“Scientific research” not included as a licensable activity in new heather burning legislation
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“Long-term environmental/climate change research is underway in our uplands that requires experimental burning; these studies are now under threat.”
For a brilliantly comprehensive explanation and overview of heather/vegetation burning, the reasons it is done, how it is done, and who else other than shooters/grouse moor managers use burning as a management tool (we’ll give you a hint, one of them is the RSPB!), please click here.
Press release from BASC
The British Association for Shooting and Conservation (BASC) has described the exclusion of ‘scientific research’ as a licensable activity within the newly published regulations for vegetation burning on protected blanket bog as ‘disappointing’ and one that threatens the future of on-going studies.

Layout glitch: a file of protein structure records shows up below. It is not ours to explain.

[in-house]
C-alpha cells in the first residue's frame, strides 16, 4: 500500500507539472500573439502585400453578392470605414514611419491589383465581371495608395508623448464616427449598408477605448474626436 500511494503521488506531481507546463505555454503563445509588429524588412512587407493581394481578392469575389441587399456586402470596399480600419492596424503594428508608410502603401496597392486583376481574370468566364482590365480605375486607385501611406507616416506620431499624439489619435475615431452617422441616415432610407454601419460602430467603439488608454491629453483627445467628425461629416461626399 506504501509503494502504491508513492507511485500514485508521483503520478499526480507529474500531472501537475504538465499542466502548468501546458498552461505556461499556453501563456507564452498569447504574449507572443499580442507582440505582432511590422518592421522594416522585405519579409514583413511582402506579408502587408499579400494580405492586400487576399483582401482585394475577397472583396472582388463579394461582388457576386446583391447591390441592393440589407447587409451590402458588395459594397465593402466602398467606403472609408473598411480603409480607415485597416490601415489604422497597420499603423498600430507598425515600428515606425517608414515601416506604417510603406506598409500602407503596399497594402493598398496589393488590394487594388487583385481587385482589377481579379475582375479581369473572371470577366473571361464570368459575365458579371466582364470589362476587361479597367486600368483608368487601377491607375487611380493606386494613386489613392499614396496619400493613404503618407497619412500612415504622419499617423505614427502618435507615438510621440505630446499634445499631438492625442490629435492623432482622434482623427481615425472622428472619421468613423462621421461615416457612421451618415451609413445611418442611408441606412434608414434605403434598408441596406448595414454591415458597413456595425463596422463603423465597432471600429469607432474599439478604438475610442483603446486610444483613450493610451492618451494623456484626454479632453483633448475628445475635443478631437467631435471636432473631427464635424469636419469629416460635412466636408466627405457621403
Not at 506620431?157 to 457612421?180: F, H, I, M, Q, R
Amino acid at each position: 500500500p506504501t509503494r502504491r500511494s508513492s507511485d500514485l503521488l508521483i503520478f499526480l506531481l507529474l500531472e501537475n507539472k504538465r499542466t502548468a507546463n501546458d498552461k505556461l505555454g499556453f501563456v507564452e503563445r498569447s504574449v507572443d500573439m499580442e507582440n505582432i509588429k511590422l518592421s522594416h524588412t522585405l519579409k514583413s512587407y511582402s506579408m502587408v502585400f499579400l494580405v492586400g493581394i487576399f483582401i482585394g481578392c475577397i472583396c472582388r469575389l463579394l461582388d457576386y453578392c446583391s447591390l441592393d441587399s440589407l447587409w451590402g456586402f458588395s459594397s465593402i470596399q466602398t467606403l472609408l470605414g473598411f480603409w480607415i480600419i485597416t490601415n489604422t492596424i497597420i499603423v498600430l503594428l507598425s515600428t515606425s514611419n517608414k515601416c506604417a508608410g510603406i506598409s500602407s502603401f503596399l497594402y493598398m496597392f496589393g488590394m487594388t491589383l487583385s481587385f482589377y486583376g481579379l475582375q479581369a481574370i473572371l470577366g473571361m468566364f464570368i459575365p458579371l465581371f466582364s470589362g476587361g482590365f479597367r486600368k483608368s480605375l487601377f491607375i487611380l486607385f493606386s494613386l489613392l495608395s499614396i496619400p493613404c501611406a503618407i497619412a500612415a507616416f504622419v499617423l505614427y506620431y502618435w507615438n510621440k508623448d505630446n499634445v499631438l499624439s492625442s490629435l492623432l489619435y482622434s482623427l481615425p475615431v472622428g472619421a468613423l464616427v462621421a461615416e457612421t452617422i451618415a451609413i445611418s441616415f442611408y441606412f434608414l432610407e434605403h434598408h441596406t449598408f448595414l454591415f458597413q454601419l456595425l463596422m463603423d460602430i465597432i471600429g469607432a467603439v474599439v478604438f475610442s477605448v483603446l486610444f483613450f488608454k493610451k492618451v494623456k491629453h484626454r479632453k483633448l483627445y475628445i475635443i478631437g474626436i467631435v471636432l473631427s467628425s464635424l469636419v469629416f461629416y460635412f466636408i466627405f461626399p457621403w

Defra’s announcement to bring forward legislation for heather burning came with the reassurance that licences for specific reasons would be available. Several reasons have been listed in the published Heather and Grass Burning (England) Regulations 2021, but scientific research is not currently included.
Gareth Dockerty, BASC’s uplands officer, said: “It is disappointing that scientific research has not been listed alongside other measures, such as conservation, enhancement and wildfire management, as a valid reason to apply for a licence to undertake vegetation burning.
“Long-term environmental and climate change research is currently underway in our uplands that requires various levels of experimental burning. With no option to obtain a licence the future of this research and other studies are now under threat.
“As highlighted by the government peatlands are the UK’s rainforests, the regulation must allow scientific research to continue to ensure their management policies are based on comprehensive and robust evidence.”